M. Cui, E. J. McDowell, and C. H. Yang, “An in vivo study of turbidity suppression by optical phase conjugation (TSOPC) on rabbit ear,” Opt. Express 18(1), 25–30 (2010). [CrossRef] [PubMed]

6.

M. Cui and C. H. Yang, “Implementation of a digital optical phase conjugation system and its application to study the robustness of turbidity suppression by phase conjugation,” Opt. Express 18(4), 3444–3455 (2010). [CrossRef] [PubMed]

7.

C. L. Hsieh, Y. Pu, R. Grange, G. Laporte, and D. Psaltis, “Imaging through turbid layers by scanning the phase conjugated second harmonic radiation from a nanoparticle,” Opt. Express 18(20), 20723–20731 (2010). [CrossRef] [PubMed]

8.

C. L. Hsieh, Y. Pu, R. Grange, and D. Psaltis, “Digital phase conjugation of second harmonic radiation emitted by nanoparticles in turbid media,” Opt. Express 18(12), 12283–12290 (2010). [CrossRef] [PubMed]

9.

S. Popoff, G. Lerosey, M. Fink, A. C. Boccara, and S. Gigan, “Image transmission through an opaque material,” Nat. Commun. 1, (2010).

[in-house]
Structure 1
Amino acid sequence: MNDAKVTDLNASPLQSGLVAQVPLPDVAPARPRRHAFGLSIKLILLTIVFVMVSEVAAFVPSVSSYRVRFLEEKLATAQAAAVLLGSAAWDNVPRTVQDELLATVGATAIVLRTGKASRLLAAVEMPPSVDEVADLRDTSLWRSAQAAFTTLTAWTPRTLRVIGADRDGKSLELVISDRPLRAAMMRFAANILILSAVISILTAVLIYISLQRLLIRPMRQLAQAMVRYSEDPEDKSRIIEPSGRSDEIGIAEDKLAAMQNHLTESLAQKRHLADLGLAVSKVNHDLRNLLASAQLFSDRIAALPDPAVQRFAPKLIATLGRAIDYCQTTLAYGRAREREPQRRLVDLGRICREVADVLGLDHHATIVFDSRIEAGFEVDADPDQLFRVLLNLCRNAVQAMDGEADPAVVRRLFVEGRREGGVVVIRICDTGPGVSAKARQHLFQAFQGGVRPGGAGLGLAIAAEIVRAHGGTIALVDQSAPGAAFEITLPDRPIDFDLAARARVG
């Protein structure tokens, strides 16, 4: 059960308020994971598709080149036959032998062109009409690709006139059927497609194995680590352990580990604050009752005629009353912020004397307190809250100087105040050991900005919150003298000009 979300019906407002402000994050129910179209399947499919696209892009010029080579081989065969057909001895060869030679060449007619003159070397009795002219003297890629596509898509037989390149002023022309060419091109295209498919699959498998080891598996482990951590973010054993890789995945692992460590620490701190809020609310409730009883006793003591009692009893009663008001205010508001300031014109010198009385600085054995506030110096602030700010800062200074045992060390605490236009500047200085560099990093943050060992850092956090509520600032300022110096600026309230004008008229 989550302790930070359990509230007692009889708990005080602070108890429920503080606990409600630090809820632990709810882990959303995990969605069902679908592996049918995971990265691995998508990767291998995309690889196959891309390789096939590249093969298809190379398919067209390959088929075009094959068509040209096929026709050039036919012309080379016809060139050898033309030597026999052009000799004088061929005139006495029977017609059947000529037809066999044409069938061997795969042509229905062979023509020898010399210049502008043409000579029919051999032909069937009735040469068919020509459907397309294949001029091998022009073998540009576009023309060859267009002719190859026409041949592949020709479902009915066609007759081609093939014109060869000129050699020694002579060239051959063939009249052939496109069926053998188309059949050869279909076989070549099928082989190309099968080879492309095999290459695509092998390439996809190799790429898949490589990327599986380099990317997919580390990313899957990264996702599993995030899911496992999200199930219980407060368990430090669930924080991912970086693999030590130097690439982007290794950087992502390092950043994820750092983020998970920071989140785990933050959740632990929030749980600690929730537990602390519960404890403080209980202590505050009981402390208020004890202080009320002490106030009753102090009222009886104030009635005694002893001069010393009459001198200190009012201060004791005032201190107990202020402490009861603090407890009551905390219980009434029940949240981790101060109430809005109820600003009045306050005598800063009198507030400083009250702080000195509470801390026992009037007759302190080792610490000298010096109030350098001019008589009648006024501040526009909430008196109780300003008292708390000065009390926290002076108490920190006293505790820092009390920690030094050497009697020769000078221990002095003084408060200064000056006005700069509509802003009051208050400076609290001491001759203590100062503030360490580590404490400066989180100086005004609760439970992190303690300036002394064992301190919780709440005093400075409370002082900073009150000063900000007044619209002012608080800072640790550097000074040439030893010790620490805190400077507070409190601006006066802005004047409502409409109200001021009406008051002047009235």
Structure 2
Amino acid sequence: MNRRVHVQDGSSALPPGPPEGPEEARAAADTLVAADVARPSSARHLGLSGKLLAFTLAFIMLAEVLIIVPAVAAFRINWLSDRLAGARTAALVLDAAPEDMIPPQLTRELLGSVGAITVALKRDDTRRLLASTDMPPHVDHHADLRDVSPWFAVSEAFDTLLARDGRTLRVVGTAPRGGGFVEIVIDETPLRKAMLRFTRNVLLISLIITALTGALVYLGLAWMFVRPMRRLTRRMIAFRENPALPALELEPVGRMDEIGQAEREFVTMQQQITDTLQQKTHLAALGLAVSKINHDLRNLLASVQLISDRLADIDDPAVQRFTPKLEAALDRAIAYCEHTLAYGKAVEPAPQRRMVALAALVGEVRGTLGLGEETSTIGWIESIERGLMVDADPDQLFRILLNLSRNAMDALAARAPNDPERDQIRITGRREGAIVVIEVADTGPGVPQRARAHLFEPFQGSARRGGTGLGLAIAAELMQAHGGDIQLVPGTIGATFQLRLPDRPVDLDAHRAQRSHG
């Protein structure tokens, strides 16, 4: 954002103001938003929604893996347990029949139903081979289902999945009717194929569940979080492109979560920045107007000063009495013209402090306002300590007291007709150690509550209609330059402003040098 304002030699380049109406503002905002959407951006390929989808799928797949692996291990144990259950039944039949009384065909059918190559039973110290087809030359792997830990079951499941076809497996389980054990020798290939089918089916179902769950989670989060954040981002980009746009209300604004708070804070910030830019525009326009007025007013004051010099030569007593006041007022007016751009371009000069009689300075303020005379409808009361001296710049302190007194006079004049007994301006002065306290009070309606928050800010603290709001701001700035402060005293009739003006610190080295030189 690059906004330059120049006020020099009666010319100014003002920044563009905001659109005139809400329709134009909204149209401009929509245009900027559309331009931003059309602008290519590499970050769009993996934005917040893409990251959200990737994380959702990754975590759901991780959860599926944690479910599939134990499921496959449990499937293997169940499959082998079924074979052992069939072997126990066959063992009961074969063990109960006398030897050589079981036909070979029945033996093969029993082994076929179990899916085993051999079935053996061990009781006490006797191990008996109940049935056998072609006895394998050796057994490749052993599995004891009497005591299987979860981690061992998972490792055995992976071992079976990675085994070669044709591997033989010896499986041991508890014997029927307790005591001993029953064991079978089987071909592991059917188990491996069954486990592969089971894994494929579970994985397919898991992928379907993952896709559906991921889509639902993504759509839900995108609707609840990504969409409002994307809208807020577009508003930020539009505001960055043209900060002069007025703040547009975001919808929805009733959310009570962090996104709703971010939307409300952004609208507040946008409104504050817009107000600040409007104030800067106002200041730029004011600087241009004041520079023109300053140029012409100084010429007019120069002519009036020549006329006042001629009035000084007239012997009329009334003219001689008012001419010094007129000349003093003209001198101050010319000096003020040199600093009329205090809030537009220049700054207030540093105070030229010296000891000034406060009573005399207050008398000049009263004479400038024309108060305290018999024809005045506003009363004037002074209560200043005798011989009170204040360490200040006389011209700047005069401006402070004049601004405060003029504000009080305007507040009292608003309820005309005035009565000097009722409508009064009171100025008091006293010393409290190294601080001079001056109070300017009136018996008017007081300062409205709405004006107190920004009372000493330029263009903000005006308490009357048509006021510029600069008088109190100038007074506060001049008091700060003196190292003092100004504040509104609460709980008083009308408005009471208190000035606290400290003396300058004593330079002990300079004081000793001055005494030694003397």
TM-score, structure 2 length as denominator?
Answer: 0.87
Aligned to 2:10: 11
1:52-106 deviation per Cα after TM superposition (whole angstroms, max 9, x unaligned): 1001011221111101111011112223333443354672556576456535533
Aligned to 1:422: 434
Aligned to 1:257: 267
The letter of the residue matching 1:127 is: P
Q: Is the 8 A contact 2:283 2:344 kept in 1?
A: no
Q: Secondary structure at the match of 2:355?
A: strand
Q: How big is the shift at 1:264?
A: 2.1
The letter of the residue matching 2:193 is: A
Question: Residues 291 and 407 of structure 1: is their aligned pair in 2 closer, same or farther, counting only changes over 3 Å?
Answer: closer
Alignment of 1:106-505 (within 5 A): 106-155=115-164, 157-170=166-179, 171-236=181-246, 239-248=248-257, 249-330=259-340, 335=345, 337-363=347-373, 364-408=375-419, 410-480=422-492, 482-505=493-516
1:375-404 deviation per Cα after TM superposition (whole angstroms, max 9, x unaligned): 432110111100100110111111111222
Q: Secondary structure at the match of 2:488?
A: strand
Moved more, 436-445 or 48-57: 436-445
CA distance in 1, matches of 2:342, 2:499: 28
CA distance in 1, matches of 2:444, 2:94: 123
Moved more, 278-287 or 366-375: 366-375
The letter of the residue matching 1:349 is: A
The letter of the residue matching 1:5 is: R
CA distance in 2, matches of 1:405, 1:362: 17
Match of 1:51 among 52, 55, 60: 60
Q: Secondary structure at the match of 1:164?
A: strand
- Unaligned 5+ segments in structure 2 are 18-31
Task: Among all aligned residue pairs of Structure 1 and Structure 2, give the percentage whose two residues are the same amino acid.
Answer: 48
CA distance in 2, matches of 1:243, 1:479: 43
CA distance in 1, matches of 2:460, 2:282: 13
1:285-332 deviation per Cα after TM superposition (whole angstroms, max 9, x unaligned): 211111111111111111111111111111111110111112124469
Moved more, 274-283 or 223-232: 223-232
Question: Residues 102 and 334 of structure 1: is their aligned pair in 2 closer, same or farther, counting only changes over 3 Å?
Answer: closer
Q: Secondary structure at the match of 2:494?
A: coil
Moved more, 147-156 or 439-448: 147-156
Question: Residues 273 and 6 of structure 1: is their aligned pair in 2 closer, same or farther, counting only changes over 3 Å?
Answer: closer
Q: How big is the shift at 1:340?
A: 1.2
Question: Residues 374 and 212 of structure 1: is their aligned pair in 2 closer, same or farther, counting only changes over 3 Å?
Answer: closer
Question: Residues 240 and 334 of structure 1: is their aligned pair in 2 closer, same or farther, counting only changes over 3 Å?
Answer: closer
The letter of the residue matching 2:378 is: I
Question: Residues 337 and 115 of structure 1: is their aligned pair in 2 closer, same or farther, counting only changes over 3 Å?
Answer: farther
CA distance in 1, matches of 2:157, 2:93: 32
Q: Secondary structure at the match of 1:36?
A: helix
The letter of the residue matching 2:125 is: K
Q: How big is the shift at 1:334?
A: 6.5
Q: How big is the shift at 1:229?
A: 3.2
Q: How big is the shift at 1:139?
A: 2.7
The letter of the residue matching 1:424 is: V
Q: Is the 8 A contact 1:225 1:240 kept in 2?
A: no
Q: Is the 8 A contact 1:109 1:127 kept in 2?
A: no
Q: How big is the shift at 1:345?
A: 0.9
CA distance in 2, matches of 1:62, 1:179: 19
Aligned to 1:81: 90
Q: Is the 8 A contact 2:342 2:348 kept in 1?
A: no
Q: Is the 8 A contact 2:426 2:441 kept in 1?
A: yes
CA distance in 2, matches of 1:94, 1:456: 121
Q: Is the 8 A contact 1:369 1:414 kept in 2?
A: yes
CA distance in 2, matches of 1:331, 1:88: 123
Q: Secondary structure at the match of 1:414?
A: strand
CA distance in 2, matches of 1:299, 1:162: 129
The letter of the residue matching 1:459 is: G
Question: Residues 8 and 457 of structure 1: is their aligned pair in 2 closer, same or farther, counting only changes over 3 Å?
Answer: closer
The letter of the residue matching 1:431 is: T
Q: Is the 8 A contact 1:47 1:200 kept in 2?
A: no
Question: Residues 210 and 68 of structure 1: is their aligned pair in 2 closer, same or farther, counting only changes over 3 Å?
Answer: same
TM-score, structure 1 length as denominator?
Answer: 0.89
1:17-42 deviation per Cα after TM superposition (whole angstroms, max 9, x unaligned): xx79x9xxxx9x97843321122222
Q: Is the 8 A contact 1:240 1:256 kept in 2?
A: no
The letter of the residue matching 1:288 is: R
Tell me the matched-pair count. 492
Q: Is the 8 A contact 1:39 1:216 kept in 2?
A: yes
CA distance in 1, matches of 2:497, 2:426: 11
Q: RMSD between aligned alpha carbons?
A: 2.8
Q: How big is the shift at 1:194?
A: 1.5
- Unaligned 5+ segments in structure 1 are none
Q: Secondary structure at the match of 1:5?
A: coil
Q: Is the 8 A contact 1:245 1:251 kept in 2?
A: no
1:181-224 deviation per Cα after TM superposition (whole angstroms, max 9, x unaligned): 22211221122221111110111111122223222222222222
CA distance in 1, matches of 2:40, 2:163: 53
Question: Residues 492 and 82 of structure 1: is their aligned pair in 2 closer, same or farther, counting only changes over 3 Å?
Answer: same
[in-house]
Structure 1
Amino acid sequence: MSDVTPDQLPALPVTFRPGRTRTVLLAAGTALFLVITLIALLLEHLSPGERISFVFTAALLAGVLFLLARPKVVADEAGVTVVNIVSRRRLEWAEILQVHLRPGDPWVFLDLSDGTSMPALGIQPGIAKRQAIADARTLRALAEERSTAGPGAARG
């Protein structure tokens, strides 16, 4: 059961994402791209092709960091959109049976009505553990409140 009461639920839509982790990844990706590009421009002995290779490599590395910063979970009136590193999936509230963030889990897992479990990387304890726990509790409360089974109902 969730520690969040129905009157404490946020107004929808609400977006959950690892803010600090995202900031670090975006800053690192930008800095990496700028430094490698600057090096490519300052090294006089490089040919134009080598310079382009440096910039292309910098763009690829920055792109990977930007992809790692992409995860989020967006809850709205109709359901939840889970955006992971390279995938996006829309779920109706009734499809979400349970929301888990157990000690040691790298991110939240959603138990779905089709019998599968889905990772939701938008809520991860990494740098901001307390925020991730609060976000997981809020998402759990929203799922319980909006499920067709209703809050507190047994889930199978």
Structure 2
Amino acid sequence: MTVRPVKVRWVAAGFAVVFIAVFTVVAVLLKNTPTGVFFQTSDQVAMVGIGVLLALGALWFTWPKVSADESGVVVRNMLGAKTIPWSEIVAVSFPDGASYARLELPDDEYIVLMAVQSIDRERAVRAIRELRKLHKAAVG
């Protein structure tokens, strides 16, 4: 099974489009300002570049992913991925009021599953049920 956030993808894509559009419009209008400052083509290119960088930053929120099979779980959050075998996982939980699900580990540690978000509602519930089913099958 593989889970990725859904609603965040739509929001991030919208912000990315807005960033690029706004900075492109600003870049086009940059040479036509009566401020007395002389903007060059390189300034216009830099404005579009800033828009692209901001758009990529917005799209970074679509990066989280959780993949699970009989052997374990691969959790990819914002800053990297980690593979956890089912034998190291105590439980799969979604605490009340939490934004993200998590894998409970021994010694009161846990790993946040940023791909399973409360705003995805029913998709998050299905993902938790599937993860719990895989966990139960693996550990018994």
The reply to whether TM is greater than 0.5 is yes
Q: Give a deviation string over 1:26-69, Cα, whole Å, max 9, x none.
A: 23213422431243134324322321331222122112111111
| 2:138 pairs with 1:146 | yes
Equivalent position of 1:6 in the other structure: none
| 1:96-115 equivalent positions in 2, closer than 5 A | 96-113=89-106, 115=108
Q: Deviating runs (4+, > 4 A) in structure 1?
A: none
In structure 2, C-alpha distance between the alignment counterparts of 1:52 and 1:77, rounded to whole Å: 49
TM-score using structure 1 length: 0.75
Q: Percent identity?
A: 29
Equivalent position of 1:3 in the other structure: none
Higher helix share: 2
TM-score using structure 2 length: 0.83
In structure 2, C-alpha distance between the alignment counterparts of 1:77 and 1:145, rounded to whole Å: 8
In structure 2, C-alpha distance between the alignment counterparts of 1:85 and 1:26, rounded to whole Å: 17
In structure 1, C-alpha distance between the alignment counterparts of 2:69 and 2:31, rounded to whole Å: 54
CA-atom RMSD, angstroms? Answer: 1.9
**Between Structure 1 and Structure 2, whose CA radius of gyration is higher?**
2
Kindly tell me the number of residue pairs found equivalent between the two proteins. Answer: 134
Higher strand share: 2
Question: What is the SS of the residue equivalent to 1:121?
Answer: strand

10.

S. M. Popoff, G. Lerosey, R. Carminati, M. Fink, A. C. Boccara, and S. Gigan, “Measuring the transmission matrix in optics: an approach to the study and control of light propagation in disordered media,” Phys. Rev. Lett. 104(10), 100601 (2010). [CrossRef] [PubMed]

11.

I. M. Vellekoop and C. M. Aegerter, “Scattered light fluorescence microscopy: imaging through turbid layers,” Opt. Lett. 35(8), 1245–1247 (2010). [CrossRef] [PubMed]

12.

J. Aulbach, B. Gjonaj, P. M. Johnson, A. P. Mosk, and A. Lagendijk, “Control of light transmission through opaque scattering media in space and time,” Phys. Rev. Lett. 106(10), 103901 (2011). [CrossRef] [PubMed]

13.